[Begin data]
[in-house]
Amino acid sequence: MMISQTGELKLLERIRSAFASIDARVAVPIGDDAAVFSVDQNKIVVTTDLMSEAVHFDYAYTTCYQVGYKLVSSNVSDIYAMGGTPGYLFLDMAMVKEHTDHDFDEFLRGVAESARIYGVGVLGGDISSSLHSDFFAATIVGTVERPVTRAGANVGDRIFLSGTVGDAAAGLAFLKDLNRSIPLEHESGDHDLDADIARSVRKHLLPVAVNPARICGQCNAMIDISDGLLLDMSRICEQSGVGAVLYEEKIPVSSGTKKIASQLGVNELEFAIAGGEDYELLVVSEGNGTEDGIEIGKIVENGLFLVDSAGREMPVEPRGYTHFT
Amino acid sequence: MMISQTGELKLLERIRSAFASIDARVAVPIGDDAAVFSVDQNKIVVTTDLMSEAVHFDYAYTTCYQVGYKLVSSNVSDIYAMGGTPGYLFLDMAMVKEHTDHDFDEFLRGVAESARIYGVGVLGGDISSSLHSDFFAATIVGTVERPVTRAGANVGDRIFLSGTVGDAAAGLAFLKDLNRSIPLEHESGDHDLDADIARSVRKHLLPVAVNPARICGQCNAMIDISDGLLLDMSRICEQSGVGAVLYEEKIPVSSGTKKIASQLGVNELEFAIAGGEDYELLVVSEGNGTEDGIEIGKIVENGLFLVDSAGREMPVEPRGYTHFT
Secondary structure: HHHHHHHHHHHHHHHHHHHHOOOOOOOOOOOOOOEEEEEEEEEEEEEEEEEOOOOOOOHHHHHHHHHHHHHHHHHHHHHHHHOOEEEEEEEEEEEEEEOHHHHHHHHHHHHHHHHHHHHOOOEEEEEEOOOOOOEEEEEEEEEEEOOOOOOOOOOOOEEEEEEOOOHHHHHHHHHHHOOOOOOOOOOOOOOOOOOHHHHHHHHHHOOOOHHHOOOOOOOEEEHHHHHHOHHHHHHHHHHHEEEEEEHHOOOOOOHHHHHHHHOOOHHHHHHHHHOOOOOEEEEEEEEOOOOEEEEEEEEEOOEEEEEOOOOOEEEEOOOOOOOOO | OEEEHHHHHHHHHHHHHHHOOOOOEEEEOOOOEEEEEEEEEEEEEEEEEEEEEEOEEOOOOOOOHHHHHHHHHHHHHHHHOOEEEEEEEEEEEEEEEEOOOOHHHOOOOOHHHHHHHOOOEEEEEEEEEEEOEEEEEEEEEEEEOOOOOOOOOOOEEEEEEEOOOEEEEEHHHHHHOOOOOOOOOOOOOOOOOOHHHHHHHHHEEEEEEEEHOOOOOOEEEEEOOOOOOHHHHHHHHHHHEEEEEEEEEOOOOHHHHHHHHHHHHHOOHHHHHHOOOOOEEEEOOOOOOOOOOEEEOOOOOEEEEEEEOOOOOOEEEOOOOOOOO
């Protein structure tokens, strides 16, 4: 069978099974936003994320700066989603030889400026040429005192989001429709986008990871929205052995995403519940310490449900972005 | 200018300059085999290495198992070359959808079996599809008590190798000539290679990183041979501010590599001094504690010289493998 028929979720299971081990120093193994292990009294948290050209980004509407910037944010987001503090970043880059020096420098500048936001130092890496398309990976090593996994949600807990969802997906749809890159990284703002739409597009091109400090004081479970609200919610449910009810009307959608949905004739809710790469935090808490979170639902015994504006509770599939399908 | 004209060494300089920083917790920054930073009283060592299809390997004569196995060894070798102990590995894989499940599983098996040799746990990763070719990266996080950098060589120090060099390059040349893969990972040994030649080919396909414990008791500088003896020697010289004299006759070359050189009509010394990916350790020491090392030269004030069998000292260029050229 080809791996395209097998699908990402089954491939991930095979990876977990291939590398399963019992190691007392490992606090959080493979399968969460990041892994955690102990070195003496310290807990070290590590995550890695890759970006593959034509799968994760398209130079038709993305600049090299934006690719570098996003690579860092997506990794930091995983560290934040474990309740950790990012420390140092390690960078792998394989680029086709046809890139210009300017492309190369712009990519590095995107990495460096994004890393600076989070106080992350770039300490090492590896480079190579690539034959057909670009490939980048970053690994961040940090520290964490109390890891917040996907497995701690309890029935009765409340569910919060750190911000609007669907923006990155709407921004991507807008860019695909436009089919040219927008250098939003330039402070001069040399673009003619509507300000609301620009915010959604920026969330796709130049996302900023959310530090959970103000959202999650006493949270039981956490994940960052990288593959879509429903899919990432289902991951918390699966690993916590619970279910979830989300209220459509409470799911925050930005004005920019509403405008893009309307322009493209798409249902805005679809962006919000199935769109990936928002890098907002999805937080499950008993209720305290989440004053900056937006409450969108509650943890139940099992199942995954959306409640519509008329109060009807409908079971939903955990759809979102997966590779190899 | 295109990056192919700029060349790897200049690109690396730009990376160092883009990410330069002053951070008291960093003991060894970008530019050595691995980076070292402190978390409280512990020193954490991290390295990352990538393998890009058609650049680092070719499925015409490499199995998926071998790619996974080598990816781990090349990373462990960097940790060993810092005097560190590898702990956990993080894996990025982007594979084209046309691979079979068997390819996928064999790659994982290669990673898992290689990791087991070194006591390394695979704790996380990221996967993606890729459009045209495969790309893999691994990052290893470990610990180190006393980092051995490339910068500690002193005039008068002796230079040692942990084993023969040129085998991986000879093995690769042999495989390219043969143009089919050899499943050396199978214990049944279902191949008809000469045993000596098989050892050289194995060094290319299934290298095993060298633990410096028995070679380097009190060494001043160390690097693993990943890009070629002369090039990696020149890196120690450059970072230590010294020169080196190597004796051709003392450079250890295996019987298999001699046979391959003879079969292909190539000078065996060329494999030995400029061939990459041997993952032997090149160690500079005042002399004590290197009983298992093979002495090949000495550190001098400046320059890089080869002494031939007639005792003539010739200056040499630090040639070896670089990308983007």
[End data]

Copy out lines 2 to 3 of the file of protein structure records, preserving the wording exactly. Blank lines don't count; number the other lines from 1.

Amino acid sequence: MMISQTGELKLLERIRSAFASIDARVAVPIGDDAAVFSVDQNKIVVTTDLMSEAVHFDYAYTTCYQVGYKLVSSNVSDIYAMGGTPGYLFLDMAMVKEHTDHDFDEFLRGVAESARIYGVGVLGGDISSSLHSDFFAATIVGTVERPVTRAGANVGDRIFLSGTVGDAAAGLAFLKDLNRSIPLEHESGDHDLDADIARSVRKHLLPVAVNPARICGQCNAMIDISDGLLLDMSRICEQSGVGAVLYEEKIPVSSGTKKIASQLGVNELEFAIAGGEDYELLVVSEGNGTEDGIEIGKIVENGLFLVDSAGREMPVEPRGYTHFT
Amino acid sequence: MMISQTGELKLLERIRSAFASIDARVAVPIGDDAAVFSVDQNKIVVTTDLMSEAVHFDYAYTTCYQVGYKLVSSNVSDIYAMGGTPGYLFLDMAMVKEHTDHDFDEFLRGVAESARIYGVGVLGGDISSSLHSDFFAATIVGTVERPVTRAGANVGDRIFLSGTVGDAAAGLAFLKDLNRSIPLEHESGDHDLDADIARSVRKHLLPVAVNPARICGQCNAMIDISDGLLLDMSRICEQSGVGAVLYEEKIPVSSGTKKIASQLGVNELEFAIAGGEDYELLVVSEGNGTEDGIEIGKIVENGLFLVDSAGREMPVEPRGYTHFT